An additional problem in the prior art of FIG. 1 is that the commerically available positive photoresist material, which must be used to achieve good exposure from the monochromatic light used in the projection mask alignment process, adheres very poorly to the materials which are suitable for use in the insulating layer.
SUMMARY OF THE INVENTION Accordingly, it is an object of the method disclosed in the present application to reduce the amplitude of the standing waves causing non-uniform exposure through the photoresist. It is another object of the method described herein to provide a secure way of affixing the photoresist to the oxide layer.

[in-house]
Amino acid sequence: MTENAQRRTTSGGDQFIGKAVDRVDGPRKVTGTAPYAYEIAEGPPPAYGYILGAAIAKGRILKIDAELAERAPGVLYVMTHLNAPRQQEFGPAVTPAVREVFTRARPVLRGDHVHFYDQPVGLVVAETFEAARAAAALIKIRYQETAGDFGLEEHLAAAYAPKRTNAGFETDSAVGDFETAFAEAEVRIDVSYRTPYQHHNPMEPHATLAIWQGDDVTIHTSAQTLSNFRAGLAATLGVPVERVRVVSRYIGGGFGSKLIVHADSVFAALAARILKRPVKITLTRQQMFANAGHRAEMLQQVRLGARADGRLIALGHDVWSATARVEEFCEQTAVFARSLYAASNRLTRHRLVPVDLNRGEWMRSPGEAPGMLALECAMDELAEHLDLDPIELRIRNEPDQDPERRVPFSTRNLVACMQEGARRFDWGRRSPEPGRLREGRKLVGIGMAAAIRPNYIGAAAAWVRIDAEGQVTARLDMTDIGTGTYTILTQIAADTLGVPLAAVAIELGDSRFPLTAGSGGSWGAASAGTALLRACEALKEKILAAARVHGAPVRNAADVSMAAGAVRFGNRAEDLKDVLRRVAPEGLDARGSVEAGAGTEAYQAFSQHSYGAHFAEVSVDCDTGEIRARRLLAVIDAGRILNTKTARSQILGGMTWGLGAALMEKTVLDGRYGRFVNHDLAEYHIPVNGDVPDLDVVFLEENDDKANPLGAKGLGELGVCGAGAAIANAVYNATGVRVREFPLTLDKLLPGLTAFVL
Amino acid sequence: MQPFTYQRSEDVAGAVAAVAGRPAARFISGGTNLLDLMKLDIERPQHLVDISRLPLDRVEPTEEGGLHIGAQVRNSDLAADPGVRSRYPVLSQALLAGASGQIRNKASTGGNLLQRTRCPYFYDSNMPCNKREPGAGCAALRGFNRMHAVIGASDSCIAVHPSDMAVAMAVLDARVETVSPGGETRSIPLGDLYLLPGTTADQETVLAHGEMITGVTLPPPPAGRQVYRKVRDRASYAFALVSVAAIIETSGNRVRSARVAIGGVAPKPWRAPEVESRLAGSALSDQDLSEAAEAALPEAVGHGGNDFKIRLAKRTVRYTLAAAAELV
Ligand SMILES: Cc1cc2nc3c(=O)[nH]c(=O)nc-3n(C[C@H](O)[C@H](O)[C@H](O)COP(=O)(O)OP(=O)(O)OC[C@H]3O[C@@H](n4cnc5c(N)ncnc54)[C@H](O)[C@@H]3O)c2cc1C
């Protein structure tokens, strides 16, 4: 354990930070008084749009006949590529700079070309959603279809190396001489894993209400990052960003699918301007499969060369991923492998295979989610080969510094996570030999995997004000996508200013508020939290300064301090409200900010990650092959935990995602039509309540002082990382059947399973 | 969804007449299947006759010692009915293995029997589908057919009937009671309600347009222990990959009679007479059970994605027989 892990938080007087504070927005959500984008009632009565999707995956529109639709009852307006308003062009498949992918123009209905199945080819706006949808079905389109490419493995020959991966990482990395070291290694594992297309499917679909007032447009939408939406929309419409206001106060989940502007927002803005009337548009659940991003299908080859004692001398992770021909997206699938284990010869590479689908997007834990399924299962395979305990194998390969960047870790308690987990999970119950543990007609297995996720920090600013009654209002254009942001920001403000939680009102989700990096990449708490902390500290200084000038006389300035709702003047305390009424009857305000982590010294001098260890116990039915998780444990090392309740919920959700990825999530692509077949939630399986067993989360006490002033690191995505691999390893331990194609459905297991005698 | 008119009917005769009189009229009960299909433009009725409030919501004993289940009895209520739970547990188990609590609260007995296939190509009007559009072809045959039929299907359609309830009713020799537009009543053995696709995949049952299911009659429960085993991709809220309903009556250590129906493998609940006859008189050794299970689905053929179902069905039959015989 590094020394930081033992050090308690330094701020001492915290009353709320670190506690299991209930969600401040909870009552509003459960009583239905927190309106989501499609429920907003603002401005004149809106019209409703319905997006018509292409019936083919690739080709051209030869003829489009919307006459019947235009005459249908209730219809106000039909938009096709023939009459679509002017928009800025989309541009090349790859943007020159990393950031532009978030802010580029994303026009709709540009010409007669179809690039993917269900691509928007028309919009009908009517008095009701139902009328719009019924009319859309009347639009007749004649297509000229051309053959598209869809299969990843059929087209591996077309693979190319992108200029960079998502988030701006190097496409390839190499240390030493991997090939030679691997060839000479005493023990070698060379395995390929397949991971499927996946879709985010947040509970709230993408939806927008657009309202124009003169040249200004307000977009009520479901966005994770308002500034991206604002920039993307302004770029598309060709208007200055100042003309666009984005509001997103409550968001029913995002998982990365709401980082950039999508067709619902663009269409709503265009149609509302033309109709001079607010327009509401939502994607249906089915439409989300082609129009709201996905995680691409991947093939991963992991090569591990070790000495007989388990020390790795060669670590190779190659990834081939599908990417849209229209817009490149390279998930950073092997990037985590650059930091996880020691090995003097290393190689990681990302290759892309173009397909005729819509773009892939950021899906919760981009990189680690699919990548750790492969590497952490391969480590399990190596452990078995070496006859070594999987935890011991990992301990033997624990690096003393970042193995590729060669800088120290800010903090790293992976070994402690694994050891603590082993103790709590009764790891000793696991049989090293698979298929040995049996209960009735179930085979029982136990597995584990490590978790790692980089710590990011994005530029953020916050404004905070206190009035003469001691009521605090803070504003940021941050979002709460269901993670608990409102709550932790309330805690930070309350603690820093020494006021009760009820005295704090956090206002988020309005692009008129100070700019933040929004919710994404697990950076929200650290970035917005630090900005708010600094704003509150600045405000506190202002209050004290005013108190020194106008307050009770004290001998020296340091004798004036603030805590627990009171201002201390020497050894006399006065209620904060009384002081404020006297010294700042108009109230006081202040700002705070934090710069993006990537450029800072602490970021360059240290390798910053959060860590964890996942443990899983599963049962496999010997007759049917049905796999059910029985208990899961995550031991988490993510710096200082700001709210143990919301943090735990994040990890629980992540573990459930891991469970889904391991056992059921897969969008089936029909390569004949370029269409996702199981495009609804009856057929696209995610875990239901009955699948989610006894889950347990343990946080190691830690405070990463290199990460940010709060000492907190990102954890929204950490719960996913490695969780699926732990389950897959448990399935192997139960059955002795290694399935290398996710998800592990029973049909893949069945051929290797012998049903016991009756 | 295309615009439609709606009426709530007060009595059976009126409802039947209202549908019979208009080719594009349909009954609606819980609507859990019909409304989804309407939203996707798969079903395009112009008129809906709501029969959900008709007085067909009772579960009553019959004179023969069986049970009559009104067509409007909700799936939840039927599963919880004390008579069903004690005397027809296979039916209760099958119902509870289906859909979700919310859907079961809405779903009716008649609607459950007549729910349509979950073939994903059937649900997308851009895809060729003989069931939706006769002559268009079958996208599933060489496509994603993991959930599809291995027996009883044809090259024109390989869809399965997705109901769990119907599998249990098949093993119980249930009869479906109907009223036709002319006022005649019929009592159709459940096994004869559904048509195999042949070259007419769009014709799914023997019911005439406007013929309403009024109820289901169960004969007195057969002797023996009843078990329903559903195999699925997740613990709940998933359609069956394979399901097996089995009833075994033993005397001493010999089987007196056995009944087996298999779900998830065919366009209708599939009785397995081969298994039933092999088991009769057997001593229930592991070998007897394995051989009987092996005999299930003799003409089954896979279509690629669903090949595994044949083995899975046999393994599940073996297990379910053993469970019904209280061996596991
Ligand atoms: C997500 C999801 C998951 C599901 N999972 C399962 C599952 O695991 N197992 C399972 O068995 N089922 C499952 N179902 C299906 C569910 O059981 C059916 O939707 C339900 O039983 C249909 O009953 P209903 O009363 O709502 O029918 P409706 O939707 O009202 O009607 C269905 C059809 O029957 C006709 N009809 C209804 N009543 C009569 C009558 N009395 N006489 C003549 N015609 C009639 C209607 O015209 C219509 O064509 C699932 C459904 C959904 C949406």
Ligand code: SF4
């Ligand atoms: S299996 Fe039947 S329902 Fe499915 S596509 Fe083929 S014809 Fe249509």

These objects are achieved in accordance with the illustrated embodiments of the present method by interposing between the photosensitive layer and the insulating layer, a layer of material such as a metal, for example molybdenum, to which the photoresist adheres well, and which can also be used to eliminate the reflected wave in the photosensitive region. The metal layer is deposited onto the oxide using well known procedures, such as sputtering and then the photoresist layer is deposited on the metal, to which it adheres tenaciously.
In accordance with one embodiment of the invention, a thin layer of metal is deposited which transmits enough light so that the light reflected from the oxidesubstrate boundary and transmitted back through the metal into the photoresist will cancel the light reflected directly from the metal back into the photoresist, provided that the various reflections differ in phase by 180 The thickness of the oxide layer is chosen so that the reflected waves have the appropriate phase relationship, and then the thickness of the metal layer is chosen to transmit the appropriate fraction of light to achieve complete cancellation of the reflected waves in the photoresist.